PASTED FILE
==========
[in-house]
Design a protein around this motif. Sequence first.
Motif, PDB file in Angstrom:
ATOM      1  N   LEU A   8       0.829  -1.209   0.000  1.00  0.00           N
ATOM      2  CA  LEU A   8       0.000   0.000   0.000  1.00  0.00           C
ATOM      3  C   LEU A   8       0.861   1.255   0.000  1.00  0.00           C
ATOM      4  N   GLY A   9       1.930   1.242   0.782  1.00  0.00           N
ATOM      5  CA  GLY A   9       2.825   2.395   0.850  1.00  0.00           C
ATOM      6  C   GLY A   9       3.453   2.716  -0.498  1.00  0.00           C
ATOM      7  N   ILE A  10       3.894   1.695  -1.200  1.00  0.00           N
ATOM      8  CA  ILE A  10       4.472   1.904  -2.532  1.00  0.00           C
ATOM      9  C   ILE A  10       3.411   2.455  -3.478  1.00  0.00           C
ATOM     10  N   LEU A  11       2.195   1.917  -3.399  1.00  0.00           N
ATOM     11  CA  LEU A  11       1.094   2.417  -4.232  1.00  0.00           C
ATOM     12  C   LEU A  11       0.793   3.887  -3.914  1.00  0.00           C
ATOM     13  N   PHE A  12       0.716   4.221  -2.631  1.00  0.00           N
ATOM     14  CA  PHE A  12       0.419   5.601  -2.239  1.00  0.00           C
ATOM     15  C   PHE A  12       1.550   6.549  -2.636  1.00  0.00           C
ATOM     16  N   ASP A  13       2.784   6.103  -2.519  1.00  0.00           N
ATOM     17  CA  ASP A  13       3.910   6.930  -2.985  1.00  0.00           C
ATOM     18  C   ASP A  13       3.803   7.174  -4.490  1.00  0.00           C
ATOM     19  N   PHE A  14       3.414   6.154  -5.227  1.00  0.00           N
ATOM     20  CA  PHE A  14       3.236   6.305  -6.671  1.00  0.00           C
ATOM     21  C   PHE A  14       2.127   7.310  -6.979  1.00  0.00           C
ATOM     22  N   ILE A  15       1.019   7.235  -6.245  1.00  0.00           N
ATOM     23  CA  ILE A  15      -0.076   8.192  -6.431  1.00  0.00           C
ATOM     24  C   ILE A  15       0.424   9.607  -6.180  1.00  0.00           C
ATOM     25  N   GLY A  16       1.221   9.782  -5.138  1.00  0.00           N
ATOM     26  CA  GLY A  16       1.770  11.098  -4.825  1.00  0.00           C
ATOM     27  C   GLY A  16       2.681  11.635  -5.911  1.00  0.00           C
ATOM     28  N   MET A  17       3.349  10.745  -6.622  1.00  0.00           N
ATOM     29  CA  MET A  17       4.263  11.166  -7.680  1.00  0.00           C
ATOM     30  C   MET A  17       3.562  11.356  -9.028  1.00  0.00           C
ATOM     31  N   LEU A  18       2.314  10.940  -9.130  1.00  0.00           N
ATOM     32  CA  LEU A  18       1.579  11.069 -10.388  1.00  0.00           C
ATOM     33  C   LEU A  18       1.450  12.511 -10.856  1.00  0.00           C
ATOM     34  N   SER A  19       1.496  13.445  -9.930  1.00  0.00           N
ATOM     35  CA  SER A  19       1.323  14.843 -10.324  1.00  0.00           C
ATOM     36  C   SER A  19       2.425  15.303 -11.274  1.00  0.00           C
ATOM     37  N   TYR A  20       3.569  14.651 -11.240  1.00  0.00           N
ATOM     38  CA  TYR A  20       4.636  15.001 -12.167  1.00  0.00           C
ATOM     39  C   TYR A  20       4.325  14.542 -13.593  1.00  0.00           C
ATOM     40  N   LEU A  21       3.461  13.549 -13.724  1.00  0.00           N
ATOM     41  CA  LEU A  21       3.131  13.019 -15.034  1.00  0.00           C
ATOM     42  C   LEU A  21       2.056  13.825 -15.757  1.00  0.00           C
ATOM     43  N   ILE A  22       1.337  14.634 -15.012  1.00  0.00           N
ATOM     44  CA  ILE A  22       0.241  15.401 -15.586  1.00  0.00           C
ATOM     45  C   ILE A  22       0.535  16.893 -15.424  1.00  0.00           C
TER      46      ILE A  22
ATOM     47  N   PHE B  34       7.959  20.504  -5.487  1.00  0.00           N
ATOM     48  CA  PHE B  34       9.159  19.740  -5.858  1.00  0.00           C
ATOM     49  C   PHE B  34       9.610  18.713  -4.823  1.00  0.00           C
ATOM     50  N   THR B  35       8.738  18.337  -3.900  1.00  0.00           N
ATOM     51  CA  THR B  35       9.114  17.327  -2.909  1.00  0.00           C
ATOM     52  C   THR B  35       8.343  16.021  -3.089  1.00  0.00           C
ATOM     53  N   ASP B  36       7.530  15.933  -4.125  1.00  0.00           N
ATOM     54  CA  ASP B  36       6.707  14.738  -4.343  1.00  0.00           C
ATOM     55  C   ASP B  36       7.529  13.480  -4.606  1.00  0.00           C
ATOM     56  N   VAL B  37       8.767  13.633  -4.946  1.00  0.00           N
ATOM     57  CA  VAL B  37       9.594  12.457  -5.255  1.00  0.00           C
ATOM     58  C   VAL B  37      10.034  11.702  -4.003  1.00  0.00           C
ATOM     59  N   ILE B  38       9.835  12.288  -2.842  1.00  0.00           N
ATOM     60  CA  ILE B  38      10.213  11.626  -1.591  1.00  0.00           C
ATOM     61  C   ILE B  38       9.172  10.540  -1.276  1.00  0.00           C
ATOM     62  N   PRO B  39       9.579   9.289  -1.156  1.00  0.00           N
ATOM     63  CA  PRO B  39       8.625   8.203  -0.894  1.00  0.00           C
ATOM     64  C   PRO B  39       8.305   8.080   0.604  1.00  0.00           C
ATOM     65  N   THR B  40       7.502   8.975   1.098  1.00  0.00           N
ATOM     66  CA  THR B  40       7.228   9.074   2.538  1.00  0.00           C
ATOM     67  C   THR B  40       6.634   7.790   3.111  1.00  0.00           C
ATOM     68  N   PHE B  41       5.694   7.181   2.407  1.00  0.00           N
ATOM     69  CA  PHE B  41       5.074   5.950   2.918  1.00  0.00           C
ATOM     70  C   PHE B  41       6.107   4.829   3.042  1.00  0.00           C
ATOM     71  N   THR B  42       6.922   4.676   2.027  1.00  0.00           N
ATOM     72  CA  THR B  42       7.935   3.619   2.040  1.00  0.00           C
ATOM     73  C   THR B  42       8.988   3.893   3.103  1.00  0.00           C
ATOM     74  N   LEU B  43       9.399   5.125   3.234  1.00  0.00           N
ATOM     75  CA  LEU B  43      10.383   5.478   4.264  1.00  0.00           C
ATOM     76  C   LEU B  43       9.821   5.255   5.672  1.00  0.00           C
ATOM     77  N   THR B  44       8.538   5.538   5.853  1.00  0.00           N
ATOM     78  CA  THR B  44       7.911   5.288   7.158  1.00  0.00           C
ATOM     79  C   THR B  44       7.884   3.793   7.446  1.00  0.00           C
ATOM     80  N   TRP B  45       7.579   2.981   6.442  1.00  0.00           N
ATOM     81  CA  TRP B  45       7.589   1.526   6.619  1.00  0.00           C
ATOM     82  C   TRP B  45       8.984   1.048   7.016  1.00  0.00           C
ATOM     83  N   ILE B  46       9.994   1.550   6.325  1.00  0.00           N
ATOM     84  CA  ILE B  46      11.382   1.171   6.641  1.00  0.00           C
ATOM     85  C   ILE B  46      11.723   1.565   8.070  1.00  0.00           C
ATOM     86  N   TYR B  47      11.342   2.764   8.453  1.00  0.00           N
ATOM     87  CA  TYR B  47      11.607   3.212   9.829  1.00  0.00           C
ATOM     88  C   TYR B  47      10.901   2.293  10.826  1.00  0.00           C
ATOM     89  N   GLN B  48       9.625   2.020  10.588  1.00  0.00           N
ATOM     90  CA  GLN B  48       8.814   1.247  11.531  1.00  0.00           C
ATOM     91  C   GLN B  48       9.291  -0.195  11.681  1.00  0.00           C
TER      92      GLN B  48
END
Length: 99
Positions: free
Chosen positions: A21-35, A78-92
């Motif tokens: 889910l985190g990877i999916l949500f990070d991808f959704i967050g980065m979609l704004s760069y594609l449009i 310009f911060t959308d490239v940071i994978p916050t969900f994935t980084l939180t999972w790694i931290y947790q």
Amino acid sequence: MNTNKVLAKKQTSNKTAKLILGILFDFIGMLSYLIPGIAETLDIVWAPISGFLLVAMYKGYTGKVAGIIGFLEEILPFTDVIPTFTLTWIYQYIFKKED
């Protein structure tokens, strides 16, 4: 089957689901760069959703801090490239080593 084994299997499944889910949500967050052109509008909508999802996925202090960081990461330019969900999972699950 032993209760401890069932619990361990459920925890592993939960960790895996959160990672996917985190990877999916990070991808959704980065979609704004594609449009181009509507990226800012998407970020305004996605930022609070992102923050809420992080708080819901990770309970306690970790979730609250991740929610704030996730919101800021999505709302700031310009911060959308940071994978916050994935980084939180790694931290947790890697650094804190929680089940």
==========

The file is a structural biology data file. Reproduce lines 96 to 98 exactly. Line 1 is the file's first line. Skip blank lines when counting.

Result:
END
Length: 99
Positions: free